In response to a recent opinion piece in the Middlebury Campus titled Hit ‘Em Where it Hurts, which addresses student protest and avenues for change at Middlebury, student activist Adriana Ortiz-Burnham ’17 writes in with her opinion on the issue and her reaction to the article’s claims:
In The Middlebury Campus, (Oct 09) Luke Smith-Stevens, in “Hit ‘Em Where It Hurts,” characterizes Middlebury students as “a captive market.” He claims we “are left with few options for student protest” because “there are basically zero avenues to create change…” Given that the “nouveau-activists” to whom he refers are students irate about tailgating policy, my question is whether those avenues at Middlebury are appropriate for the tailgating issue.
Smith-Stevens suggests a student worker strike as an effective way to gain the attention of the administration. He admits “there are flaws in this idea…the lost income it would mean for student workers.” Why, yes. I have two jobs at Middlebury and one at home, which contribute significantly to the costs of my education. I would be expected to sacrifice my ability to pay for my education while being subsidized by those with “no skin in the game.”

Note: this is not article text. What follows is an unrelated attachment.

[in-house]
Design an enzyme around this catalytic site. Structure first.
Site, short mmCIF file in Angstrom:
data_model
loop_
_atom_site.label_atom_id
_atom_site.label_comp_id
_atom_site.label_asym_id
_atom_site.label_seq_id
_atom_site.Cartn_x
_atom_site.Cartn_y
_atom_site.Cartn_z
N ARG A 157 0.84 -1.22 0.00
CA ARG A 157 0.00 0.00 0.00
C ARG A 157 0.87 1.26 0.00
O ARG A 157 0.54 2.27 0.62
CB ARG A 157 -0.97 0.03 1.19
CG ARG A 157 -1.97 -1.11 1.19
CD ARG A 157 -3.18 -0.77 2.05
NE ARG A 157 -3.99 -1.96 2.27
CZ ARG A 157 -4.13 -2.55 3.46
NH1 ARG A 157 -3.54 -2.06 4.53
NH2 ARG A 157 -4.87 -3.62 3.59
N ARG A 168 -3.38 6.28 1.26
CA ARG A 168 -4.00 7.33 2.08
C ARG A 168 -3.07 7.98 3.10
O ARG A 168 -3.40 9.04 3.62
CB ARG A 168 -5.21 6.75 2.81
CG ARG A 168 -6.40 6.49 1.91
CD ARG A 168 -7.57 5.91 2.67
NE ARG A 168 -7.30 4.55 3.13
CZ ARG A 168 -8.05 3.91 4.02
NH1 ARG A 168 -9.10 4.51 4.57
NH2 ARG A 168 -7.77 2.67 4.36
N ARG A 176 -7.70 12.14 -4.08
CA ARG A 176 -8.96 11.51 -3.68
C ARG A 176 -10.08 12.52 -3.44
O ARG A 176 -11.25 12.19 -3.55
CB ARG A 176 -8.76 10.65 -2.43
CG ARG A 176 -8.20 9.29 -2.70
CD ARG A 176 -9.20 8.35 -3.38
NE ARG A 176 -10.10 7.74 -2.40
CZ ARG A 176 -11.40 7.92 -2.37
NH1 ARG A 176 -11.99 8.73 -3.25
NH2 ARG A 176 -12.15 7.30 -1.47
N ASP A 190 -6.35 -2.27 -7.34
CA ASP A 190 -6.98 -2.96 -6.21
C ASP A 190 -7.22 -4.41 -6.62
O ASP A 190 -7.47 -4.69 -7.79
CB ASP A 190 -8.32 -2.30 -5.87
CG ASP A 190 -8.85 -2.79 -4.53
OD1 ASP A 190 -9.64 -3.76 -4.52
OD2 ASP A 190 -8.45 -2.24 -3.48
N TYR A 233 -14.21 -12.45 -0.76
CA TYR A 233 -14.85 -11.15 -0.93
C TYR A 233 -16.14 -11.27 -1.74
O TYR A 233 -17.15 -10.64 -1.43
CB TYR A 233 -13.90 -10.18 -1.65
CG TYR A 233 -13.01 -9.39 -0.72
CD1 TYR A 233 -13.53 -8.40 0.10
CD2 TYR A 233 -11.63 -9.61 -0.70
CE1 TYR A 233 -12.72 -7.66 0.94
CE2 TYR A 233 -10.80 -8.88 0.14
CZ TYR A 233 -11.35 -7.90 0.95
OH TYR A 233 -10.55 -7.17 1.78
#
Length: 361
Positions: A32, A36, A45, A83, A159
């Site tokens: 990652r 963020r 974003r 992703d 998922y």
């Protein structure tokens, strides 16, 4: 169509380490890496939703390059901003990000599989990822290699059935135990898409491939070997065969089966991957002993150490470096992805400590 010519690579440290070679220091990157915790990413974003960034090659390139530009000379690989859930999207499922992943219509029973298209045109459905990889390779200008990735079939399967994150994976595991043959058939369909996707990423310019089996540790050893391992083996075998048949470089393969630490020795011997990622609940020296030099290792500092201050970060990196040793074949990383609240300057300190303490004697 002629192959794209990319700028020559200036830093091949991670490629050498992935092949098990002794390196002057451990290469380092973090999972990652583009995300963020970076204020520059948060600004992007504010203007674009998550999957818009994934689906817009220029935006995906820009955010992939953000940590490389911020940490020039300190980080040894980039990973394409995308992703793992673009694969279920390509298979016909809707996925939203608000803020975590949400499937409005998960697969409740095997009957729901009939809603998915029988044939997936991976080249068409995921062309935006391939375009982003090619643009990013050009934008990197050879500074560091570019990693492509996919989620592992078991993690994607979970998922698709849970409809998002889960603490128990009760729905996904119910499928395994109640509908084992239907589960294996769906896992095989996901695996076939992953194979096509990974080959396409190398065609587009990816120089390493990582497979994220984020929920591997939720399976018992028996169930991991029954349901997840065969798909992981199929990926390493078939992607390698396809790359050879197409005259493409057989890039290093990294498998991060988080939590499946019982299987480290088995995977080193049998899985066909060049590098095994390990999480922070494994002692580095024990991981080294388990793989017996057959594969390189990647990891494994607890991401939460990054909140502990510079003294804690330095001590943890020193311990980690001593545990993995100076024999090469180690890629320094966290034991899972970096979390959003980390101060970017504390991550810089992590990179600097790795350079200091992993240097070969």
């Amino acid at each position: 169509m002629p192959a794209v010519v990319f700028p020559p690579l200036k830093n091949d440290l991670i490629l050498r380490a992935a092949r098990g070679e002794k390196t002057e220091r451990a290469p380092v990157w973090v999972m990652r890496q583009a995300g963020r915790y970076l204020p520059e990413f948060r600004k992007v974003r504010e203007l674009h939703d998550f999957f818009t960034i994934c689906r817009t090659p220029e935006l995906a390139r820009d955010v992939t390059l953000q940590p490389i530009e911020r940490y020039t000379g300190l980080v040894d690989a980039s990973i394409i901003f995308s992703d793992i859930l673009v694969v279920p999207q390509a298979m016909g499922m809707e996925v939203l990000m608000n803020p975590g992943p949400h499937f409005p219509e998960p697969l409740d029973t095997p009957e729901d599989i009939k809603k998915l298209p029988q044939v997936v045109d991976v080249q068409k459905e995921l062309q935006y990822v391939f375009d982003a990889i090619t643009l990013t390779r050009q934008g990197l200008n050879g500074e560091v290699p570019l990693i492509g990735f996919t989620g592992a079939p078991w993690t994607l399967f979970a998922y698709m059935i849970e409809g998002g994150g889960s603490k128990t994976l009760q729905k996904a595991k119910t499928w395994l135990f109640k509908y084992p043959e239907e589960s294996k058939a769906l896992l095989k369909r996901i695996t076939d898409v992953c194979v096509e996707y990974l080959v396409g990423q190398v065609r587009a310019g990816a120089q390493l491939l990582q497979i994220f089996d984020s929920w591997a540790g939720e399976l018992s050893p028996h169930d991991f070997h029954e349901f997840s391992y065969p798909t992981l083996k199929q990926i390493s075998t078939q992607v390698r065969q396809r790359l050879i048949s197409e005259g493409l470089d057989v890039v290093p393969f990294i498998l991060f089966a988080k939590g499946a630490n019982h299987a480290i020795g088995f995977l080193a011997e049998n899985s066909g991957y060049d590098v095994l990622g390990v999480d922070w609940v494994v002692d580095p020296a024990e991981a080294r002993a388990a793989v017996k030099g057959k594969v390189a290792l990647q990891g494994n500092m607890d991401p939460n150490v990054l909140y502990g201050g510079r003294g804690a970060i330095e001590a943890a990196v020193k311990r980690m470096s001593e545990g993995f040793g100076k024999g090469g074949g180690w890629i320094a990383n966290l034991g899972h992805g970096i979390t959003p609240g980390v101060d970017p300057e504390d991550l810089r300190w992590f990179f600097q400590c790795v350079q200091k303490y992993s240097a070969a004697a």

Perhaps approaching the administration was not effective in the tailgating effort; I am not privy to those details. Smith-Stevens says the strike should be a “response to a truly unacceptable administrative policy, the likes of which we haven’t recently seen.” I can name at least one policy which is in fact “truly unacceptable,” that of AAL. Several of us have spent months trying to change it.
The aim of MiddIncluded, of which I am a founding member, is to broaden the cultures and civilizations requirement from Comparative; Europe; North America (excluding Mexico); and Africa, Asia, Latin America, the Caribbean, and the Middle East; to Comparative, North America (including Mexico); and a choice of two of the following: Africa, Asia, Latin America and the Caribbean, the Middle East, and Europe. Why? Because “AAL” elevates the significance of Europe, the U.S.A., and Canada, while lumping the rest of the world into the category of “other.” This requirement is outdated, anachronistic, and fundamentally discriminatory.